That was a trip. Accepting imperfection made the videos better. A lot better, actually. So I started accepting imperfections in my communications and reached out to people I considered HUGE and was blown away when they replied. This happened so many times I realized I was holding myself back on taking this step forward. I was stuck on the loop of “I’m better than this, yet no one wants to help me”. One of the toughest lessons was to accept I can be paid to do something I believe in. When I say it like this, it’s pretty obvious, but not six months ago, I’d feel I was compromising my ethics if I accepted money for something I was willing to do for free.
All of this has reached a point where I’m turning down outside work and taking the days at my own pace. I tackle lots of emails, edit some videos, do a little animation here and there, read a lot, research, pet my cat and play videogames. And I’m finding time to be there when people close to me need support. That never happened before. To help with all these changes, I’ve had weekly therapy sessions since 2015 and I’m taking anti-depressants for a month and a half now.
It’s okay to slow down, it’s okay to ask for help and it’s okay to accept help. Hopefully this can influence someone to avoid burnout and find a healthier way to pursue their dreams.
This post was inspired by something João Gabriel Rodrigues wrote a couple weeks back. Jota said he’s competitive to the point that he can’t have fun. If he’s set to do something, that something has to be the absolute best, otherwise, what’s the point? As I read his post I realized I have a lot of that too. And some more.
If you ask me what I’ve been up to, the answer is gonna be quite different than if you ask me how I’m doing.
Here’s what I’ve been up to: I turned 30 last year. I got somewhat of a steady job for the first time ever and switched from working on set to working in post. I thought I was done talking about anamorphics and it turned out I wasn’t. Last fall I taught a class for an entire semester in the college I graduated from.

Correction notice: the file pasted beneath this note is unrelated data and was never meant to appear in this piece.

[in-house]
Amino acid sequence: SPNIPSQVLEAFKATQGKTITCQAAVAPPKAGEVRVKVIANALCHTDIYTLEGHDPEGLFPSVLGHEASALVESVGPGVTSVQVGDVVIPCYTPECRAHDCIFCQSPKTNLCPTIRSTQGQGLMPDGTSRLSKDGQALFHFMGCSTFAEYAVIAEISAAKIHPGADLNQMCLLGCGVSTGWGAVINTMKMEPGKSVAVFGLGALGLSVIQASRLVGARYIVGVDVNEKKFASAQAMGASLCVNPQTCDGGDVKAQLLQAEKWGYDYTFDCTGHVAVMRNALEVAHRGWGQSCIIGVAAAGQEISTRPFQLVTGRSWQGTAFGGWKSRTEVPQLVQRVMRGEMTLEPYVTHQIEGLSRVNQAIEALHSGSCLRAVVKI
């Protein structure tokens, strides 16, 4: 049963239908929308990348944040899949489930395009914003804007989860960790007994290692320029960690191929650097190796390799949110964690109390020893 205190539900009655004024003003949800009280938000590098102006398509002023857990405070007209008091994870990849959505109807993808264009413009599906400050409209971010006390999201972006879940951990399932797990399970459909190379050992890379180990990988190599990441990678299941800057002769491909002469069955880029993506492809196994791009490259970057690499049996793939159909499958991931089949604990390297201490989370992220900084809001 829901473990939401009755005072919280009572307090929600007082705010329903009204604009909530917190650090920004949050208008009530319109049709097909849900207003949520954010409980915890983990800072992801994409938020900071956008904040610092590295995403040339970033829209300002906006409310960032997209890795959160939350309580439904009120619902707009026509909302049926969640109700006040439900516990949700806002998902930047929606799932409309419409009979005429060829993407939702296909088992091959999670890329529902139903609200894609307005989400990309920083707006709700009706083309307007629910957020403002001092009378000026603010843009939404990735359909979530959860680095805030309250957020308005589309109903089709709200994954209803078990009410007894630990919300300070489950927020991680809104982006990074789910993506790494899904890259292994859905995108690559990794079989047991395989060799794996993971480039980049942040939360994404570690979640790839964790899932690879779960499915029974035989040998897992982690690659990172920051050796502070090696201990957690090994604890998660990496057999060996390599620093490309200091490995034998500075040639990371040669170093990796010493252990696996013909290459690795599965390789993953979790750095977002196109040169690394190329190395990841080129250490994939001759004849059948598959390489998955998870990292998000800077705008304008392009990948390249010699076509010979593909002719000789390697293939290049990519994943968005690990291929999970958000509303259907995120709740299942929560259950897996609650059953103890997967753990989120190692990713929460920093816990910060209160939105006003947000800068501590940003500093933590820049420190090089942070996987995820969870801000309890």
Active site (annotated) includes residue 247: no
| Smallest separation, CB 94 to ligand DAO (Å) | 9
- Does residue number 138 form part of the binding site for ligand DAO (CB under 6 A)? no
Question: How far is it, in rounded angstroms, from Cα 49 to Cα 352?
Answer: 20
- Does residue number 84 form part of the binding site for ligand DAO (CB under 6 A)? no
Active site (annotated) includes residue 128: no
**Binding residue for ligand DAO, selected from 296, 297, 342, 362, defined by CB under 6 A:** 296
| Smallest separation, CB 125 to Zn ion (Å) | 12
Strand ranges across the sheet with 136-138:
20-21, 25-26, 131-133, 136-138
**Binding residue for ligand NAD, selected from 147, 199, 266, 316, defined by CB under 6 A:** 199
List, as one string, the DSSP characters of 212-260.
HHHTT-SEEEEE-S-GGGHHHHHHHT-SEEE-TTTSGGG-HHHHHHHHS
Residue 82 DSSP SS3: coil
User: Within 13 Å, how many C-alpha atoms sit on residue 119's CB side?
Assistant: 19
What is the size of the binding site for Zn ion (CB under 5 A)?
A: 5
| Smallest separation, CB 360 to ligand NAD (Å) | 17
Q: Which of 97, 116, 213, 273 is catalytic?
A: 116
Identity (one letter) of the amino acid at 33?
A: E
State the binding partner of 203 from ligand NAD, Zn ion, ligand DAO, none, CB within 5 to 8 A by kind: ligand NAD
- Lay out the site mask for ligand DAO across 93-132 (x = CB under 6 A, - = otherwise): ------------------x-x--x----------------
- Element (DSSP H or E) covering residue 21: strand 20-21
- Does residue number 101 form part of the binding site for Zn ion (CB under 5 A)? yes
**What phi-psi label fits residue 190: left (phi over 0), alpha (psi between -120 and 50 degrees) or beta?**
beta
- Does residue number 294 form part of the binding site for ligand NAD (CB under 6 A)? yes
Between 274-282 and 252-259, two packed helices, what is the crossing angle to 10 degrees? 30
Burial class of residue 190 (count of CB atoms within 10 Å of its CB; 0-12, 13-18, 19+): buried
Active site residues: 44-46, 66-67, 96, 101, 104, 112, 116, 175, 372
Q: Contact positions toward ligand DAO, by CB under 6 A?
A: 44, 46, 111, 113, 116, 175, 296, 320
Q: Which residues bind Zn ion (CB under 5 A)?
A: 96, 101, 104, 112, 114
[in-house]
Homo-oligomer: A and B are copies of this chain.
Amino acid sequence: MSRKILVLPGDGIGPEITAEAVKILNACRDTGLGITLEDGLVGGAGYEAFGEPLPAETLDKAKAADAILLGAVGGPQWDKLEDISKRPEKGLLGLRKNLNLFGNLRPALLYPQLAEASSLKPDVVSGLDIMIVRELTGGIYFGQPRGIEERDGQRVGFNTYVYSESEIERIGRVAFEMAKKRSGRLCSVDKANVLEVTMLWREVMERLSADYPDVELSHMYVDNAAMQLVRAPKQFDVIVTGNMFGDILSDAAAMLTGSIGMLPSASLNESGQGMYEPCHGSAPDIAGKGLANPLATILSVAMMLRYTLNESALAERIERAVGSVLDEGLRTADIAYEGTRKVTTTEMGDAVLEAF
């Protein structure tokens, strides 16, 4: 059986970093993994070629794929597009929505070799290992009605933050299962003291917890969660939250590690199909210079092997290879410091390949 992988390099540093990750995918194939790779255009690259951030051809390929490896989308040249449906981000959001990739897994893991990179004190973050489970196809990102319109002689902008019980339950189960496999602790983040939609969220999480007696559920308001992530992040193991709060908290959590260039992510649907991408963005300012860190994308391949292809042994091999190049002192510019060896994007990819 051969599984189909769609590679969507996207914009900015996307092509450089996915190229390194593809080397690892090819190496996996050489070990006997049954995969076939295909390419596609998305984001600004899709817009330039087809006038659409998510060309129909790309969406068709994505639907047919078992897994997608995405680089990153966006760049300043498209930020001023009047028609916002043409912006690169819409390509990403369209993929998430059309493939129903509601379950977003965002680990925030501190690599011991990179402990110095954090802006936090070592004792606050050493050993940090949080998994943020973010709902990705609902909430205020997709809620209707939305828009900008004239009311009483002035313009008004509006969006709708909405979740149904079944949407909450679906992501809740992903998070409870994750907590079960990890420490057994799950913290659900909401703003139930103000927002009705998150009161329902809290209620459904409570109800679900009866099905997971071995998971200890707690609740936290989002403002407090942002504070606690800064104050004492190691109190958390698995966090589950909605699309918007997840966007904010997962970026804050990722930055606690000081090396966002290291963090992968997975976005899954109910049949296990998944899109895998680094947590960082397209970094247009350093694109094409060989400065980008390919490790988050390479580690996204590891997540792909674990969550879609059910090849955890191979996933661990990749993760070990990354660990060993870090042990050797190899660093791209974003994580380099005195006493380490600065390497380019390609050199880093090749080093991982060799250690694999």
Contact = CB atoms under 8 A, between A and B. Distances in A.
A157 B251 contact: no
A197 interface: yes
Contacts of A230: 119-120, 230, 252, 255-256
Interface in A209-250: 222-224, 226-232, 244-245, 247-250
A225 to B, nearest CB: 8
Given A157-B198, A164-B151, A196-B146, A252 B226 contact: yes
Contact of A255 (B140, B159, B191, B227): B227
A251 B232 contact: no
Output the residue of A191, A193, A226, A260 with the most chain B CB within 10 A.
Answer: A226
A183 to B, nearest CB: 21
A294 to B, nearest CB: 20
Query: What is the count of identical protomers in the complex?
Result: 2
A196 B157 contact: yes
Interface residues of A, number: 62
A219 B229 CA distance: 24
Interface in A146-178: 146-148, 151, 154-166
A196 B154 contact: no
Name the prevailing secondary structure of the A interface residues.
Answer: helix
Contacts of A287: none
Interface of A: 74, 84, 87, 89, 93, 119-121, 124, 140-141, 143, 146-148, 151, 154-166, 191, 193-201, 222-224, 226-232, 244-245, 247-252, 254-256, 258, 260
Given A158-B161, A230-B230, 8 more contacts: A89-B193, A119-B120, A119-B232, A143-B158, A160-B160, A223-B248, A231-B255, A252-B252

I traveled through Europe and met a bunch of people I only knew from the internet. I (self) published two e-books after two years of drafts. I’ve been involved in all sorts of projects I never expected. Yesterday I wrapped shooting my first feature film as director of photography and next week I start teaching classes at Langara college. Today I’m posting a video and livestreaming about a camera I had before it was announced. The first big payoff of five years working on the YouTube channel.
If that’s all you know from me – because it’s the information I volunteer -, then it really sounds like I’m living the dream.
Here’s how I’m doing: since I rushed back from Brazil to Vancouver before the border closures in March, I’ve been afraid. I’ve been feeling weak, scared, and insecure. I’ve been sleeping four to five hours a night, and I hardly feel hungry. I’m also randomly sad and there are days I hate feeling like this.
I’m used to dealing with impostor syndrome for a single aspect of life at a time. Dealing with it on multiple fronts all at once was a new experience. The latest rush of accomplishments – feature film, secret new camera, teaching -, plus not faltering with the channel and pushing for some more still-secret projects got me reeling.
Right now I feel like playing video games for a week straight and not stepping out of the house. As much as I want it, I know that’s not what I’ll do. There are classes to be taught and videos to be made.
Feeling weaker now was different from previous times. On the feature I had a team I could be honest with and say “today I’m feeling like garbage and I need some extra help”, so they stepped up giving me time to recover. On the channel I’m not on my own anymore, Blake and Lila help me on different fronts and they help a lot. For teaching, Sara has always been an inspiration and endless source of support. Last, for absolutely everything I do, I got Ari. Ariana is a major source of inspiration and motivation. She pushes me forward and always helps me when things get out of hand. I’m super grateful for having these people around me.
I guess the idea is there’s always some sort of balance. While things are great, others are not so good. I take them as I go and I’m still learning to take breaks.
You want to achieve the anamorphic look, or make your footage more “cinematic”, but you’re not ready or you don’t have enough time to figure out anamorphic adapters. You also don’t have enough money for cine anamorphics (who has it?). Lucky for you, I spent the last three years breaking down what makes the anamorphic look into components that can be created separately without any anamorphic glass. That’s my Anamorfake It Until You Make It! guide. More about it later! In this post we’re creating the anamorphic look with the Rokinon 35mm T1.5 Cine Lens!
This 35mm is a very versatile lens. It has great minimum focus and features a fast aperture which boosts bokeh for the smart shooter. 35mm is a mandatory focal length in any set, acting as a normal lens on S35 cameras and a mild wide-angle on full frame. The one I’m using is in EF mount as it’s the most versatile budget mount on the market. In the following steps we’ll open up the lens, take out some elements and add an oval insert to the aperture mechanism.